REVIEW: Emma. (2020)

Mia Goth as Harriet Smith (left) and Anya Taylor-Joy as Emma Woodhouse (right) in Autumn de Wilde’s ‘Emma.’ — Photo: Focus Features.

Directed by Autumn de Wilde — Screenplay by Eleanor Catton.

Autumn de Wilde’s feature film directorial debut, Emma., is a romantic-dramedy period piece based on the 1815 Jane Austin novel of the same name, which has been adapted numerous times. Autumn de Wilde’s film takes place in the early 19th Century and it follows its privileged titular character, Emma Woodhouse (played by Anya Taylor-Joy), as she interferes with her friend’s love life. Her friend, the sweet but impressionable Harriet Smith (played by Mia Goth), is attracted to a Mr. Robert Martin (played by Connor Swindells). But, instead, Emma thinks that Harriet should pursue a romantic relationship with the local vicar, Mr. Elton (played by Josh O’Connor), even though it’s clear to everyone except for Emma and Harriet that he is actually attracted to the title character.

I decided to watch this film to catch up on some of the films that may earn recognition for their costumes at the upcoming awards ceremonies, and so I was looking for something very specific when I finally watched Emma. more than a year after it had been released in theaters (or on PVOD) back in February of 2020. As a matter of fact, I didn’t plan to review this film, but then something quite magical happened. Slowly but surely, the film got its hooks into me, and I eventually really loved it.

One of the things that I loved so much about this romantic-dramedy was that it takes place in these luxurious but surprisingly colorful British country-side houses, some of which have colors that really pop. The production designer (Kave Quinn) and set decorator (Stella Fox) deserve a lot of credit for using rich and vibrant colors to accentuate the main locations. The film has an intentionally heightened set decoration and characters that can sometimes seem equally exaggerated and this helps to establish a comedic tone that I really liked. Because this absolutely is a witty costume drama, and, as expected, I thought Alexandra Byrne’s costumes were absolutely fabulous.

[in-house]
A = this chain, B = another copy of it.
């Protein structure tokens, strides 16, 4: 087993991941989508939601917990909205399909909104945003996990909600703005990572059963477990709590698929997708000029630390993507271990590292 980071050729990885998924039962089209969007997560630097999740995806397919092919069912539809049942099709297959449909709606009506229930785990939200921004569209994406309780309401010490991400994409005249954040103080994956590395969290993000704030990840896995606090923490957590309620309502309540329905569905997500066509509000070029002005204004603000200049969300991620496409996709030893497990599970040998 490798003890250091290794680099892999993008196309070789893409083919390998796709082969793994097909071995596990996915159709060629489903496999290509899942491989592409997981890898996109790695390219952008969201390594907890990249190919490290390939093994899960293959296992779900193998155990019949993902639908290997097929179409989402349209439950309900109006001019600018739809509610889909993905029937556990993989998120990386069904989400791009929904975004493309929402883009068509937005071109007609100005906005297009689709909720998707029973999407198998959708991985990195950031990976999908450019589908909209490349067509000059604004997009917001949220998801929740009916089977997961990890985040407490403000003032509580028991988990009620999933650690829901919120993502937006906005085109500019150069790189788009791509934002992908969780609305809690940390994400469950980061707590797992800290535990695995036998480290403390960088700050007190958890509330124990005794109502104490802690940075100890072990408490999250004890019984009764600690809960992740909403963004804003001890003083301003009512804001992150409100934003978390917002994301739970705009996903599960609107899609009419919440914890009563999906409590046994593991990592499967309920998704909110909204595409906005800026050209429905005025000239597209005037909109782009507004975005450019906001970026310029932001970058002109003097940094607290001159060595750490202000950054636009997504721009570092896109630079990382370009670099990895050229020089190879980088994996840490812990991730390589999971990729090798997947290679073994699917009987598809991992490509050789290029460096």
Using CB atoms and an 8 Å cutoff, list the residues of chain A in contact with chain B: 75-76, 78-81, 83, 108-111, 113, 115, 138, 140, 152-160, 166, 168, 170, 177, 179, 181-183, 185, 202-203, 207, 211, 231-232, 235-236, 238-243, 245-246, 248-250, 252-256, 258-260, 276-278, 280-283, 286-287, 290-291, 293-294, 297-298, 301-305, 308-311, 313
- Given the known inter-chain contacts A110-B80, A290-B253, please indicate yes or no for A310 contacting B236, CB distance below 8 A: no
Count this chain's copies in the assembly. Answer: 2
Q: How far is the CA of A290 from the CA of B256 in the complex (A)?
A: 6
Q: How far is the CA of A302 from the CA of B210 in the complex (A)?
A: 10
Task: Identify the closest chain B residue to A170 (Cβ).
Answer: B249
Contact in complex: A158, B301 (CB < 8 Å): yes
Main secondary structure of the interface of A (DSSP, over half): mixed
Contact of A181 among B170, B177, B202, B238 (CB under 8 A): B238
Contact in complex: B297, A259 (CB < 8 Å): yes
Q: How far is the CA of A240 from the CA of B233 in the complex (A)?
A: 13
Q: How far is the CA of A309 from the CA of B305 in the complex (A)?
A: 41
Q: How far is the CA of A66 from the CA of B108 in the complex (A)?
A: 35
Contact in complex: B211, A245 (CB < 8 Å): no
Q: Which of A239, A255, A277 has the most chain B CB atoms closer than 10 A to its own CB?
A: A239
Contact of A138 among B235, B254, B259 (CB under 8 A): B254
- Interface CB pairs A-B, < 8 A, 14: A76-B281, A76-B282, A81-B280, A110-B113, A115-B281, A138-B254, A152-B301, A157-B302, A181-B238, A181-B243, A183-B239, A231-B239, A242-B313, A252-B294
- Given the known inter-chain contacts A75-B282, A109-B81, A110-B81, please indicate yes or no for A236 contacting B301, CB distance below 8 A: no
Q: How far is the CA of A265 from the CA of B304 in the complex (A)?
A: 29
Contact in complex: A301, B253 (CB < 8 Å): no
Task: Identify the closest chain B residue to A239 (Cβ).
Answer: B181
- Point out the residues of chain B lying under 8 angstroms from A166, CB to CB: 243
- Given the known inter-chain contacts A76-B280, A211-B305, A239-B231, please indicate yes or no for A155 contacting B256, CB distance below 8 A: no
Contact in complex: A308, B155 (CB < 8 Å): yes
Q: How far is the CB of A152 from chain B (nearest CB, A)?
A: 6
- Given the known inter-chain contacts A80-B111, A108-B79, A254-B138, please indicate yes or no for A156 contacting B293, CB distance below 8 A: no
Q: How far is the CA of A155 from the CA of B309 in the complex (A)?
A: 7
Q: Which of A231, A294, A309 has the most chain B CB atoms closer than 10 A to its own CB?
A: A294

Again, the ensemble cast helps to really earn that comedic tone, and, from top to bottom, the cast really is delightful. Bill Nighy’s amusing Mr. Woodhouse is a real scene-stealer, I loved how Josh O’Connor amplified his insufferable character’s behavior when he was trying to woo Emma, and, not to be outdone, I also thought that the actors who play the main characters — Mia Goth, Johnny Flynn (who plays George Knightley), and the really talented Anya Taylor-Joy — all brought something really special to their characters. I also really want to mention that I thought Miranda Hart, much like Nighy, also gave a scene-stealing performance as the amusing Miss Bates, who plays a pivotal role in the film’s best scene, in which Anya Taylor-Joy’s clueless but privileged character is particularly cruel.

For a feature film directorial debut, I think Autumn de Wilde’s Emma. is remarkably confident. The film and its tone won’t be for everyone. Admittedly, some characters are perhaps not as well-rounded as others, and I am sure there will be some that aren’t particularly interested in watching another adaptation of a Jane Austin classic. Nevertheless, I liked this film a lot. I am really impressed by the film’s style, which relies on impressive set design (or set decoration) and costuming, and I thought the filmmakers and the cast did an extraordinary job of amplifying the characters’ behavior in a way that makes the film’s humor even more effective. This film was a really wonderful surprise, and I’m looking forward to seeing what de Wilde does next.

8 out of 10

– Review Written by Jeffrey Rex Bertelsen.

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